Finding aids are the tools we create so that people can search our collections and find the information they are looking for. They include catalogues, indexes and research guides.
Our finding aids have been created over the last 60 years, and we continue to create new ones every day. They're an invaluable resource, but many are now old and need updating to conform to new standards and technology, and to be relevant to modern audiences and fulfil their expectations. To achieve this, we've a continuous programme of improvement.
Tackling offensive and oppressive language
Our catalogues often repeat terminology that was used in the original archive document, but which is now recognised as offensive and oppressive. We're working to improve these catalogue entries to reflect the changes in such language and beliefs. We believe it's important to retain the original language, as it reflects the attitudes of the time, but we'll make clear that this language is offensive and oppressive and add new descriptions that are respectful of all communities.
Marginalised people and communities
All members of society should be able to see themselves reflected in the archives. But the way that records have been catalogued means that those that relate to marginalised people or communities can be difficult to find. This continues their marginalisation. To address this, we are:
- creating research guides to help people find records about marginalised communities
- bringing marginalised people to the fore by prioritising them in our name and subject indexing
- highlighting information about marginalised people and communities in our catalogue descriptions wherever we can
Improving the overall quality of catalogue records
We have approximately half a million catalogue records. Many of them do not meet our current standards so we're continually making improvements. At the moment we're particularly working on:
- expanding abbreviations and improving the wording in our descriptions to make them easier to understand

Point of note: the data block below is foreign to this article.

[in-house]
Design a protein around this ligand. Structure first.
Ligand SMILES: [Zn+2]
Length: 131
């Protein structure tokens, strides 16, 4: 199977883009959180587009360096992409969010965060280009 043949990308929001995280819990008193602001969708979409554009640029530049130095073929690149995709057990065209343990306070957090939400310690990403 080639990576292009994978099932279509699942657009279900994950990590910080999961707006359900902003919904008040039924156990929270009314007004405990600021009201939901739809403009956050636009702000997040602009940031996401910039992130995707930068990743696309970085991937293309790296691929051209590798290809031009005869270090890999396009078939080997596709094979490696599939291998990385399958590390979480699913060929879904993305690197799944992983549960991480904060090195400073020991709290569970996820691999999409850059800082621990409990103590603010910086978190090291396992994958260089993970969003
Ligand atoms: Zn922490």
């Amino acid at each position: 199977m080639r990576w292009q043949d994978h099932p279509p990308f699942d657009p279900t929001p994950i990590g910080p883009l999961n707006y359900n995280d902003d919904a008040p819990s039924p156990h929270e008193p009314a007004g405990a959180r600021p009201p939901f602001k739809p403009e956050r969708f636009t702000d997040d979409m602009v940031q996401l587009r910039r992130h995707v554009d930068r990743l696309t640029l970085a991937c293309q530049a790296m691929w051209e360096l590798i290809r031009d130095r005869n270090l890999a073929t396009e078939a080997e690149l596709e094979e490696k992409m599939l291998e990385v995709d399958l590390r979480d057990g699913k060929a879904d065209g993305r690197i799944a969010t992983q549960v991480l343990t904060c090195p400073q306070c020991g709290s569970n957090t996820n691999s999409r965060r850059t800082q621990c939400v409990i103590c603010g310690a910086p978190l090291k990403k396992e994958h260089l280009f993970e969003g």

- making sure that dates are in the correct format to enable people to better search and organise search results by date
- adding archive creator names to all records, so that it's easier to find records created by the same person, family or organisation which are split across different archive collections
- indexing records by place and subject
- creating mini profiles for selected people and organisations in the collections and linking them to archive documents
Converting the local studies card catalogue
The primary finding aid for our local studies collection is a large card catalogue, but it can only be used by customers who visit us in person. We're currently adding our local studies items onto our online catalogue so that people don't have to visit us in person to find out what we hold. There are approximately 140,000 cards in the authors index, so this is an ongoing project that we expect to take at least 8 years.
Adding paper-only finding aids
We have a few collections with only a paper list. Scanned versions of these lists are available to download from our online catalogue but they are not searchable through the main catalogue. These are for collections which are only partially catalogued, or which were transferred from another library or archive with only a paper list. We're currently working our way through these collections to convert the paper lists into electronic format.
When collections are added to our online catalogue, we announce this on our blog. Take a look at our blog posts about newly added catalogues.